The city of Bangor, Maine, previously known only to fans of Roger Miller, has just made news by banning smoking in cars if children are present. Some consider it a case of the government going too far, but it turns out — and I hadn't known this before — that Arkansas, Louisiana, and Puerto Rico recently did something similar, and California, Connecticut, and the state of Maine (as opposed to just the city of Bangor) are considering it.
And I have to say, as someone who spent his youth feeling nauseated in smoke-filled cars (well, I did other things too, once in a while), that I approve of this and wish they'd had such a thing fifty years ago.
The measure in Connecticut was proposed by a nine-year-old boy, the first time I've heard of someone that young taking it on himself to petition his legislators — and succeed. The boy, Justin Kvadas, has this to say:
It's bad if a baby gets dropped off at a day care and smells like cigarettes. It's also bad for their lungs because their lungs are so small.
Bangor city councilwoman Patricia Blanchette has similar thoughts:
I am tired as a taxpayer of paying for people to take their children to the emergency room because they've had an asthma attack. [...] Why are we taking these very, very fragile little bodies, putting them in a confined area and allowing people to blow smoke into their lungs?
One resident who doesn't like it is “Denise Savoy, a nonsmoker whose father smoked five packs a day and died of emphysema”. Ms Savoy is “unconvinced of the health risks”:
Doctors are trying to say all these kids have asthma, ear infections. You know what — I had one ear infection in my life. My kidsspent a lot of time around my dad, and my oldest two children had lots of ear infections and tubes in their ears, but my youngest two had none of it. My father was fine until about the last year and half of his life.OK, I hear this silliness so often, and I still can't believe that people are that dense. “Uncle Joe smoked all his life and lived to be 90,” and variations thereof (like this one), are not counterexamples to the deleterious effects of smoke. Let's put this right out there, clearly: Smoking and being around smoke increases your chances of being ill. It doesn't make it certain. But it increases your chances. What part of that do some people have so much trouble understanding? Just 'cause Uncle Joe didn't die from it don't make it safe. The fact that Ms Savoy's father was “fine” until he developed emphysema and died isn't a reason to deny the effects of smoke. For one thing, her dad might have lived to be 88, instead of 78, had he not smoked — that “last year and a half” might have extended for a decade or more. For another, Ms Savoy points out that two of her four children had “lots of ear infections”, and then uses the fact that the other two didn't to say, “So what's the problem?”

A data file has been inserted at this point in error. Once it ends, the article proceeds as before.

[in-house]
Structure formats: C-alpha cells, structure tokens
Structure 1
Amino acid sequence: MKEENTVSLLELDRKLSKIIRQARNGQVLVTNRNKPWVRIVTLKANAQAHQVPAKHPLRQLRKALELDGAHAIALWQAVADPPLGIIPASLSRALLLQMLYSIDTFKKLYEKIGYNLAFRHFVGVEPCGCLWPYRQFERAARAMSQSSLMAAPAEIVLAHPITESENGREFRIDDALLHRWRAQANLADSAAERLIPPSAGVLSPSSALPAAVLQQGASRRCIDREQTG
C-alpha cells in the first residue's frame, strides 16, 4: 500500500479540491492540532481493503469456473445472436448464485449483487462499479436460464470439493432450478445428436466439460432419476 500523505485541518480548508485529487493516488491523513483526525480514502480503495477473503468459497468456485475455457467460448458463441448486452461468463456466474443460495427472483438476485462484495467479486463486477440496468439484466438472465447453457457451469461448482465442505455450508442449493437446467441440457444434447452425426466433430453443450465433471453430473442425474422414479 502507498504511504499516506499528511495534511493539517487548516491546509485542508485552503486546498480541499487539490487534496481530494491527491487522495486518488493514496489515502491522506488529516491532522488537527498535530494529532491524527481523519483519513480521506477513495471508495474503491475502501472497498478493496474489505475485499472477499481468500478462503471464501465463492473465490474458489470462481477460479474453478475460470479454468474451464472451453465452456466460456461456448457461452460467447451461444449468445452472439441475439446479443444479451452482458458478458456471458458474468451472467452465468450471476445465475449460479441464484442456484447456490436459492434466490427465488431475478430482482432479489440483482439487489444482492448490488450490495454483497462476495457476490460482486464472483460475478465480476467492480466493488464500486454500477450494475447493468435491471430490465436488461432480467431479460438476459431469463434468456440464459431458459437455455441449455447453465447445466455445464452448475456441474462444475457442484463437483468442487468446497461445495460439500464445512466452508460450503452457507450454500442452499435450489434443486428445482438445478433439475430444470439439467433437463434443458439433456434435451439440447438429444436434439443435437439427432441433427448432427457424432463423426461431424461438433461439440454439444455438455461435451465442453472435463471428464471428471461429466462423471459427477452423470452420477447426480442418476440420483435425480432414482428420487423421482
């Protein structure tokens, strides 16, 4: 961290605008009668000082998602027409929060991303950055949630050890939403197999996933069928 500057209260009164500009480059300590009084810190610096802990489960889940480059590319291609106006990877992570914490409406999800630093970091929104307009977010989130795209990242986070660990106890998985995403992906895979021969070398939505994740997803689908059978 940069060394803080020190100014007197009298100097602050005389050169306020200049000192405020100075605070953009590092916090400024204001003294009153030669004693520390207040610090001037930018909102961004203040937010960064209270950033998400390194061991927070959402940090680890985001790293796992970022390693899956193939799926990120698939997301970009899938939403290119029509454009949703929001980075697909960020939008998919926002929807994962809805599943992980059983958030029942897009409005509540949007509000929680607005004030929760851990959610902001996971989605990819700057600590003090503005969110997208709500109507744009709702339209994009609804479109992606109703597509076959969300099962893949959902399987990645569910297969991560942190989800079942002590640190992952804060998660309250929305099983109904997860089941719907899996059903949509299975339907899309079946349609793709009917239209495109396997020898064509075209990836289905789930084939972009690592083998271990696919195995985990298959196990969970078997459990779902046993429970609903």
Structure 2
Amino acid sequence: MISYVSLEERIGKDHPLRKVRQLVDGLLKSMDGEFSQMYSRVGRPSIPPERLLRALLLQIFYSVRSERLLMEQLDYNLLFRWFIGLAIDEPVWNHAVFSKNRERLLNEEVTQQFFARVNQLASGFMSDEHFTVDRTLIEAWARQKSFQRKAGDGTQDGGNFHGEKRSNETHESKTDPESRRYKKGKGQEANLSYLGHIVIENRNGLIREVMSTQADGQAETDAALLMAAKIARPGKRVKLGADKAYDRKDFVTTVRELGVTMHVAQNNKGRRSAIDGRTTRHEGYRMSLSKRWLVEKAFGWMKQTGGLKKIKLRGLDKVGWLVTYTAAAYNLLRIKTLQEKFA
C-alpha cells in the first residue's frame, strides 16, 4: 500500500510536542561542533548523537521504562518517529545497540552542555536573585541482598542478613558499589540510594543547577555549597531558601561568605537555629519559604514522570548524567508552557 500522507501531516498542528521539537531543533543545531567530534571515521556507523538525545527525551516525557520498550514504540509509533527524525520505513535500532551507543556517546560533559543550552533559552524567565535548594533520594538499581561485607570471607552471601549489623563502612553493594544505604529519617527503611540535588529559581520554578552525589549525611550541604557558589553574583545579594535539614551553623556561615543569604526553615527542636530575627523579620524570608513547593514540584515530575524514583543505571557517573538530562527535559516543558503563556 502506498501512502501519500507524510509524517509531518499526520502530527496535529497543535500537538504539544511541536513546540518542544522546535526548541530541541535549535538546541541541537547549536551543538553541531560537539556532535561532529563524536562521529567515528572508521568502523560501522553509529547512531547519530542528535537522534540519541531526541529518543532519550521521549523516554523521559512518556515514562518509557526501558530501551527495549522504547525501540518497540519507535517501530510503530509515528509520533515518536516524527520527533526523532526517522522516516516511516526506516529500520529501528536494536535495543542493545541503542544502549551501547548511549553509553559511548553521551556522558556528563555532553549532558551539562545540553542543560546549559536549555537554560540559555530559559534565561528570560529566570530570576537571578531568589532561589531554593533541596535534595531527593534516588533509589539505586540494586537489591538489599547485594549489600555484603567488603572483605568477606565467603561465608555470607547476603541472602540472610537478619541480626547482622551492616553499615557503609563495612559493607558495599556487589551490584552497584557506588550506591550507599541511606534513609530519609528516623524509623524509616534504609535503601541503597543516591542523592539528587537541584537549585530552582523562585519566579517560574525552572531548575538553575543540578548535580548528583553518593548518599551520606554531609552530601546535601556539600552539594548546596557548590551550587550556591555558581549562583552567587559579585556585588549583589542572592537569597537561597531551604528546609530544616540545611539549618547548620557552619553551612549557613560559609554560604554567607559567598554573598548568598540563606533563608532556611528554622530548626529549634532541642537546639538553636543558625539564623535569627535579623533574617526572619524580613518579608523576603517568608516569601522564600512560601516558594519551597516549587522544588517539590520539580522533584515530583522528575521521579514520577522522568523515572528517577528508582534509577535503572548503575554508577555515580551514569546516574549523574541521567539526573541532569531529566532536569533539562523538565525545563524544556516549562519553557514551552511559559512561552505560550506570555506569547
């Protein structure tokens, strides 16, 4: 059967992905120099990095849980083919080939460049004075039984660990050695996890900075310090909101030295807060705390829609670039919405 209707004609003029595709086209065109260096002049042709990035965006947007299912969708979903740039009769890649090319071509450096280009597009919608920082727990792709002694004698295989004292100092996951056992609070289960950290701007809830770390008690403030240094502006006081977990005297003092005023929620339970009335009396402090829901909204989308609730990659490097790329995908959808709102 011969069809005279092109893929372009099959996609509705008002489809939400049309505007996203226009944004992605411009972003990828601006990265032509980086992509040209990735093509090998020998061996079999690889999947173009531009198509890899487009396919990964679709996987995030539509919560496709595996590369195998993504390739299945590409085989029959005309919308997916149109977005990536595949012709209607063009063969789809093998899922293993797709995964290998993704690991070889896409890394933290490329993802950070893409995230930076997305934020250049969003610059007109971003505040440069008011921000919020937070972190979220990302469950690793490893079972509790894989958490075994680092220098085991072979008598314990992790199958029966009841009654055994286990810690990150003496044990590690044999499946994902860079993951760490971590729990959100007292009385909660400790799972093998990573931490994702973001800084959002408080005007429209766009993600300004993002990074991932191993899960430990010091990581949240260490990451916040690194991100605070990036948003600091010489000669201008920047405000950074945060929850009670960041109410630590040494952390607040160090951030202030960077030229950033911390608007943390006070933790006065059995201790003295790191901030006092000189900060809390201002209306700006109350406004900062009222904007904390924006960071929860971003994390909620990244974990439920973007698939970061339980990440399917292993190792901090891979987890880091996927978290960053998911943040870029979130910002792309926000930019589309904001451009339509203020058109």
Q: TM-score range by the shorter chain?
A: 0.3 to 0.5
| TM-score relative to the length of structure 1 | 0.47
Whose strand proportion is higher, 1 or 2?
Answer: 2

To the contrary, Ms Savoy has good reason to accept the health effects of smoke. But even if everyone in her family had been healthy and had no evidence of smoking-related maladies, that still doesn't refute the sentence in boldface above. If, to pick a number out of the air, half the people who smoked for 30 years died early of a smoking-related illness, that would still mean that half didn't. You could find lots of people who were “fine”. That said, would you want to take those odds?
I just find it unbelievable that people can deceive themselves like that.